Surf Green Granite for a Kitchen Peninsula

Raised Bar in the Original Kitchen

Raised Bar in the Original Kitchen

Surf Green Granite Peninsula

Surf Green Granite Peninsula (all one piece - no joints)

Surf Green Granite Peninsula

Surf Green Granite Peninsula with Full Bullnose Edge

Surf Green Countertops in a San Antonio Kitchen

Surf Green Countertops in a San Antonio Kitchen


Got a Raised Bar in Your Kitchen?

With a little carpentry work, and new counters, you can gain a single-level peninsula and have a really nice space for working and eating.

This kitchen in San Antonio had laminated counters and a raised bar. Now the kitchen has a single-level counter on one side.

Here is the trend we’re seeing:

Some people are adamant that the want to keep the raised bar, to block visibility into the kitchen from the family room and dining area.

Other folks are totally on the opposite end – they want it all opened up, to bring the two spaces together. This is especially the case for families with children because the kids can pull up the the single-level counter and work on homework, help with dinner, or have a snack.

Making a Single-Level Peninsula

    The basic steps are:

  • Remove the old counters.
  • Cut down the 2×4 wall (pony wall) to the same height as the cabinets.
  • Add brackets or corbels to support the overhang.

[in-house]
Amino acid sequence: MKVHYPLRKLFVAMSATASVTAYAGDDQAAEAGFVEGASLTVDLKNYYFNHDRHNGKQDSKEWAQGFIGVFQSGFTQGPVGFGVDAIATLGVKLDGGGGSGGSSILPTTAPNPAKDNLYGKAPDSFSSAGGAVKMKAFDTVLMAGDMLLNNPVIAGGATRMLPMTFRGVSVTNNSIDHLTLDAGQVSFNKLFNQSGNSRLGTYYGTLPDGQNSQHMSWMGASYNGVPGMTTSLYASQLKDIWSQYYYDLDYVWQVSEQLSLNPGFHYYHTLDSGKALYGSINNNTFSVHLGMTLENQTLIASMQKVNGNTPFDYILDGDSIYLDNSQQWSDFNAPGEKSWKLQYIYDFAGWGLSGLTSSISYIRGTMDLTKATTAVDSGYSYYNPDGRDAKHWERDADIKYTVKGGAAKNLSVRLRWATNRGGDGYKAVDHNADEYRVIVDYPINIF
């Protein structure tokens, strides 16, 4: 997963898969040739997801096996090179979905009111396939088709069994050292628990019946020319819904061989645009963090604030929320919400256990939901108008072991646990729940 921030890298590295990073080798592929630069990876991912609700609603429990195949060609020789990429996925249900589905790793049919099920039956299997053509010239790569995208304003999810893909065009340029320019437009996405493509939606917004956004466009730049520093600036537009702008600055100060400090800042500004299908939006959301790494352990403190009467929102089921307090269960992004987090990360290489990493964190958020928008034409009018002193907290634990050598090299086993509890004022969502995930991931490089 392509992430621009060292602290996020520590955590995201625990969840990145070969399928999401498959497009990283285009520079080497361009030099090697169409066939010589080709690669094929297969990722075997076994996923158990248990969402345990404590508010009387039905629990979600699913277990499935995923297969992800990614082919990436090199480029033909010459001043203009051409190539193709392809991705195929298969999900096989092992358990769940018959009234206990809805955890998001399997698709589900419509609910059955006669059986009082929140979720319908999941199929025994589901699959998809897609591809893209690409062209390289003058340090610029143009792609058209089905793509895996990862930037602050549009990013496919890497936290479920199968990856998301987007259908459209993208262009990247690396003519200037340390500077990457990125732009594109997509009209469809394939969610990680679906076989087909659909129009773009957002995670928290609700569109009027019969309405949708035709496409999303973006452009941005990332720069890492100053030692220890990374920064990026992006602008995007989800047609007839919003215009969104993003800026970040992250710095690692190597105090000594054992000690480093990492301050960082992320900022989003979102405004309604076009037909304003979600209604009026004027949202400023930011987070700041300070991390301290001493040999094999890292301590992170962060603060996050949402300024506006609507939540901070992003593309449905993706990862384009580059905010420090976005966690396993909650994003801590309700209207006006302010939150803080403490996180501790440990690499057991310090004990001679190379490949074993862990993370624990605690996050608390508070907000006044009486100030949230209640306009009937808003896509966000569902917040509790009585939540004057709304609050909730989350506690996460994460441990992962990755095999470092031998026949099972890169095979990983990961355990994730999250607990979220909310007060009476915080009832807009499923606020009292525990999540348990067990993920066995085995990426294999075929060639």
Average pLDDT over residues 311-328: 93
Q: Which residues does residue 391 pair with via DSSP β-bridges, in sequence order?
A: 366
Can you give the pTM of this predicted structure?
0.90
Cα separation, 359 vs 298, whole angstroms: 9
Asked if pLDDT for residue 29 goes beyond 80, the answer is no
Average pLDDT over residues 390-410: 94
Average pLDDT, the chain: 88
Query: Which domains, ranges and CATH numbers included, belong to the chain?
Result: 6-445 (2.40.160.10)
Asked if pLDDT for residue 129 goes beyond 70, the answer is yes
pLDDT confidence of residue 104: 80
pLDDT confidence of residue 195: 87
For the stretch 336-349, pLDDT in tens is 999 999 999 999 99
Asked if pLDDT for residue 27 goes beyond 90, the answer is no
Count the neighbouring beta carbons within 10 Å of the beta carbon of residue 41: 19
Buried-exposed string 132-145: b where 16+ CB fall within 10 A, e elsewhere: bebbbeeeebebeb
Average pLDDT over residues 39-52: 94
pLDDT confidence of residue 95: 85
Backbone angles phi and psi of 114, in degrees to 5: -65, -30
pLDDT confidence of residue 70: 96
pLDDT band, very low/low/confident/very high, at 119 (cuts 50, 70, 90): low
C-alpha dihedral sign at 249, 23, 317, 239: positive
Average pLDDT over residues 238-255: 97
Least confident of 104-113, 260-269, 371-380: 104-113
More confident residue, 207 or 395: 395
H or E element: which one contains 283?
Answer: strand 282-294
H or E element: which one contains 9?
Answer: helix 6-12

• Install the new countertops.

In practice, it’s a little more complicated than that, but if you keep your eye on the big picture, it helps makes the other steps more manageable.

Here are more details that might help:

  1. The top of the “new” pony wall (the cut-down bar-height wall) should be a 2×4.
  2. Sometimes you will need to move electrical plugs.
  3. If your new counter will have an overhang that is deeper than 10″, you will need additional support (brackets or corbels) and it can take some shopping and planning to get the right ones and to get them installed correctly. (Note: 10″ of overhang is okay as long as at least 20″ of counter is over cabinets (call this the “1/3 and 2/3″ rule), AND the granite is stable enough (some exotic stones are more prone to fracture and will need support even for shallower overhangs).
  4. Most people hire a General Contractor to coordinate the trades to do this kind of work, but we’ve seen many homeowners with good DIY skills that have been able to do it all on their own.

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